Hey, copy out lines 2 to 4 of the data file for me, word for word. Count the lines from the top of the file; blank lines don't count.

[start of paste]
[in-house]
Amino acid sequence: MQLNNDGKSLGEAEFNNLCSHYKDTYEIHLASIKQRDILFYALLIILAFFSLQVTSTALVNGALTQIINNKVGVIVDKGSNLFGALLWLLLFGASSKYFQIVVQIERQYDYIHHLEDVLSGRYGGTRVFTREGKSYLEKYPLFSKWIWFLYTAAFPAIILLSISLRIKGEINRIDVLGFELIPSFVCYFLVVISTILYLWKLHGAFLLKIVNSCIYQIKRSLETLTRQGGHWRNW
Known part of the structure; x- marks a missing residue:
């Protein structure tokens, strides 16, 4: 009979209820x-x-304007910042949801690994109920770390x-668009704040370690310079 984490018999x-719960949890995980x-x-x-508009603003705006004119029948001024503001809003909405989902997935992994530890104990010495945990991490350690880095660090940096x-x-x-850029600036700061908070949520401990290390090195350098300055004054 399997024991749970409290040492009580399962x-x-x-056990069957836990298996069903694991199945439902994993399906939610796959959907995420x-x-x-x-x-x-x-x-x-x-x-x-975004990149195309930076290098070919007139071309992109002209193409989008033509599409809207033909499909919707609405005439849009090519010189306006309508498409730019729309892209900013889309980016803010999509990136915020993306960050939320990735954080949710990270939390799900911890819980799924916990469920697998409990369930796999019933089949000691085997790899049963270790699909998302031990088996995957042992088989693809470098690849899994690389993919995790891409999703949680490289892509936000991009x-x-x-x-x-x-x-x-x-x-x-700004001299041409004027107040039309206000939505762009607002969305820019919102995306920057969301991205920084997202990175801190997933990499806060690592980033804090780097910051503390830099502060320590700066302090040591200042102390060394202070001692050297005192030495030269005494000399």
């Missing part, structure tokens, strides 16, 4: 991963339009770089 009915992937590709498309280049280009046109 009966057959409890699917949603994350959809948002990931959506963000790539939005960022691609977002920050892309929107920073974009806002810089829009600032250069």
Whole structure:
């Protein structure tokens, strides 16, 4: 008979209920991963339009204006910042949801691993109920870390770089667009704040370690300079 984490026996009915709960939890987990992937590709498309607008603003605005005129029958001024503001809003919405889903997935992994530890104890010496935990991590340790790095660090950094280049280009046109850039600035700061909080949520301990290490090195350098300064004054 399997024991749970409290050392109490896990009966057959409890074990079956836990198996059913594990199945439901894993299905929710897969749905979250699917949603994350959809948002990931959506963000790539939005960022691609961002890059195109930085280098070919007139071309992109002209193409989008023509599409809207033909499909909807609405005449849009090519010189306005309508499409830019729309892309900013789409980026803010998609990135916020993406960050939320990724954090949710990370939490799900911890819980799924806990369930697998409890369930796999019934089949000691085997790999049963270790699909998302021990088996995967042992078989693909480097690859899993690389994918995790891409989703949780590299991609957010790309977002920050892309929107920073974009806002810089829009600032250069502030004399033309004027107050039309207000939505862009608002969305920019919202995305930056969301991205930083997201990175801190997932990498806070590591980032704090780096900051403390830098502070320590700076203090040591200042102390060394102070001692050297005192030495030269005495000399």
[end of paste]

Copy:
Amino acid sequence: MQLNNDGKSLGEAEFNNLCSHYKDTYEIHLASIKQRDILFYALLIILAFFSLQVTSTALVNGALTQIINNKVGVIVDKGSNLFGALLWLLLFGASSKYFQIVVQIERQYDYIHHLEDVLSGRYGGTRVFTREGKSYLEKYPLFSKWIWFLYTAAFPAIILLSISLRIKGEINRIDVLGFELIPSFVCYFLVVISTILYLWKLHGAFLLKIVNSCIYQIKRSLETLTRQGGHWRNW
Known part of the structure; x- marks a missing residue:
């Protein structure tokens, strides 16, 4: 009979209820x-x-304007910042949801690994109920770390x-668009704040370690310079 984490018999x-719960949890995980x-x-x-508009603003705006004119029948001024503001809003909405989902997935992994530890104990010495945990991490350690880095660090940096x-x-x-850029600036700061908070949520401990290390090195350098300055004054 399997024991749970409290040492009580399962x-x-x-056990069957836990298996069903694991199945439902994993399906939610796959959907995420x-x-x-x-x-x-x-x-x-x-x-x-975004990149195309930076290098070919007139071309992109002209193409989008033509599409809207033909499909919707609405005439849009090519010189306006309508498409730019729309892209900013889309980016803010999509990136915020993306960050939320990735954080949710990270939390799900911890819980799924916990469920697998409990369930796999019933089949000691085997790899049963270790699909998302031990088996995957042992088989693809470098690849899994690389993919995790891409999703949680490289892509936000991009x-x-x-x-x-x-x-x-x-x-x-700004001299041409004027107040039309206000939505762009607002969305820019919102995306920057969301991205920084997202990175801190997933990499806060690592980033804090780097910051503390830099502060320590700066302090040591200042102390060394202070001692050297005192030495030269005494000399």